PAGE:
When students’ stellar test scores are called into question in the 1988 movie “Stand and Deliver,” actor Edward James Olmos, playing a real-life high school math teacher whose success story the move is based on, calls out the racial motivations behind the investigation. “Those scores would have never been questioned if my kids did not have Spanish surnames […]
The class of 2016 proved the naysayers wrong. Higher expectations, along with proper support, produce higher results.
Many officials have warned that aging schools are more likely to be at risk of lead exposure. But age alone isn’t a solid indicator. We’ve mapped district schools by age, as well as by the condition of campus facilities. Buildings in bad condition are more likely to have plumbing issues.
The state confirmed Tuesday that 91 percent of San Diego Unified’s class of 2016 graduated. But that number doesn’t show all the factors that came together to make the rate possible – whether it was allowing certain students to test out of requirements or losing low-performing students to charter schools.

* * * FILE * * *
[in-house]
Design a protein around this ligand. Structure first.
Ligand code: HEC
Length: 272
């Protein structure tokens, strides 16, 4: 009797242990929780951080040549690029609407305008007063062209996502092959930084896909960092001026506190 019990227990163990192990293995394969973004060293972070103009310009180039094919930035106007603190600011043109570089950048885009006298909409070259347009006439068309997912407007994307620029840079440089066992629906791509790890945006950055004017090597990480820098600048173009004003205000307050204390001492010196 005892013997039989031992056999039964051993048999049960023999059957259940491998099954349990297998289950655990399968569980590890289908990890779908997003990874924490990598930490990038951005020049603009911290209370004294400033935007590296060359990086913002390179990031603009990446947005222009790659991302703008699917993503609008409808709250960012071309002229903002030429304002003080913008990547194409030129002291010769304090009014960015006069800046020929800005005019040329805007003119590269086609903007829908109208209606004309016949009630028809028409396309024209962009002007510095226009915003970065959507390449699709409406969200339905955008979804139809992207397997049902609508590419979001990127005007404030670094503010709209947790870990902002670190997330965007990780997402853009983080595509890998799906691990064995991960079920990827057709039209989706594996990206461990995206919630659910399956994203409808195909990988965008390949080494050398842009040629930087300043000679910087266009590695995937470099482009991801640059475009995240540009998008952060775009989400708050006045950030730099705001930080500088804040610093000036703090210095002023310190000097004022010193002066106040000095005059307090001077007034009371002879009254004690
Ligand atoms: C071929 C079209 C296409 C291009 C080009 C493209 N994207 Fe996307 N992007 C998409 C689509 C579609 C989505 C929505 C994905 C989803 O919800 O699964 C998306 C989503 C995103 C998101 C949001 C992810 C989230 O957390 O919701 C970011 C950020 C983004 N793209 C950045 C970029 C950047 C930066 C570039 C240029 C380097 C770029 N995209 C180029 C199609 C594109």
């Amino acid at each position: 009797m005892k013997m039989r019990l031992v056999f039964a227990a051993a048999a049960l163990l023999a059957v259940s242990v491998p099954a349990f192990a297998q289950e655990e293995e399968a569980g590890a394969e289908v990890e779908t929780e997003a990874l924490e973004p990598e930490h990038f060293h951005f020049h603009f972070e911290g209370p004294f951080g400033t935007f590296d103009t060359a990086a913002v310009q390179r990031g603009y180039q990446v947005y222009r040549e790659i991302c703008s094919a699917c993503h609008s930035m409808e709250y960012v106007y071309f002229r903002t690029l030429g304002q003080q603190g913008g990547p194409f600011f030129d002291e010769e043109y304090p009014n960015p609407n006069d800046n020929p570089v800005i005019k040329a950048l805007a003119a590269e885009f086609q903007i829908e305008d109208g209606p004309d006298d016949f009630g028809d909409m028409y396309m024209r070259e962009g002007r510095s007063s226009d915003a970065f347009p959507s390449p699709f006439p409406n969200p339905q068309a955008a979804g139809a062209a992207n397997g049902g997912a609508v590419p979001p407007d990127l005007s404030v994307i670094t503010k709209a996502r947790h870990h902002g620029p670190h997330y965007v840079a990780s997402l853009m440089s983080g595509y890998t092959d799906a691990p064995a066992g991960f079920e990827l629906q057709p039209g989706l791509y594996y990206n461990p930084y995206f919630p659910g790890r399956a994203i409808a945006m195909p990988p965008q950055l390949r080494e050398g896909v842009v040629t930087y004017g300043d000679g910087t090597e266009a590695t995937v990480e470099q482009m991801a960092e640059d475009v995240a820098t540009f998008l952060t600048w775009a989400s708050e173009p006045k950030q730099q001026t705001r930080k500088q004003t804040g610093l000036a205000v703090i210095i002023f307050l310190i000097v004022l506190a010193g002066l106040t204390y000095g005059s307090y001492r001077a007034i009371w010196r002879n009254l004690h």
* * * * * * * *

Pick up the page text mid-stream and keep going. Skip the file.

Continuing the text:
San Diego Unified and Grossmont Union are suing to shut down certain charter schools that offer online credit-recovery courses and independent study options, saying they’re illegally operating within their boundaries. Meanwhile, San Diego Unified is expanding its own versions of those programs, hoping to capitalize on the growing market for non-traditional education options and hold onto students who would otherwise leave.
Data provided by five charter schools offers a window into the way San Diego Unified benefited from a system that allows it to unload its lowest-performing students and maintain a graduation rate above 90 percent.
In this week’s San Diego Explained, NBC 7’s Monica Dean and Voice of San Diego’s Mario Koran dig in to the unusually high graduation rates touted by local schools.
Federal officials will audit California and Alabama’s graduation rates. But as we’ve found, even when districts play by the reporting rules, the numbers don’t always tell the whole story.
Last school year, 1,381 seniors – more than 20 percent of San Diego Unified’s class of 2016 – took an online version of a course required for graduation. Roughly 92 percent of them passed.
Last May, San Diego Unified Superintendent Cindy Marten announced that 92 percent of the class of 2016 was on track to graduate. Trustees and supporters hailed it as a colossal success. But it turns out the 92 percent number refers only to students who fit a very specific definition. And it excludes thousands who left district schools.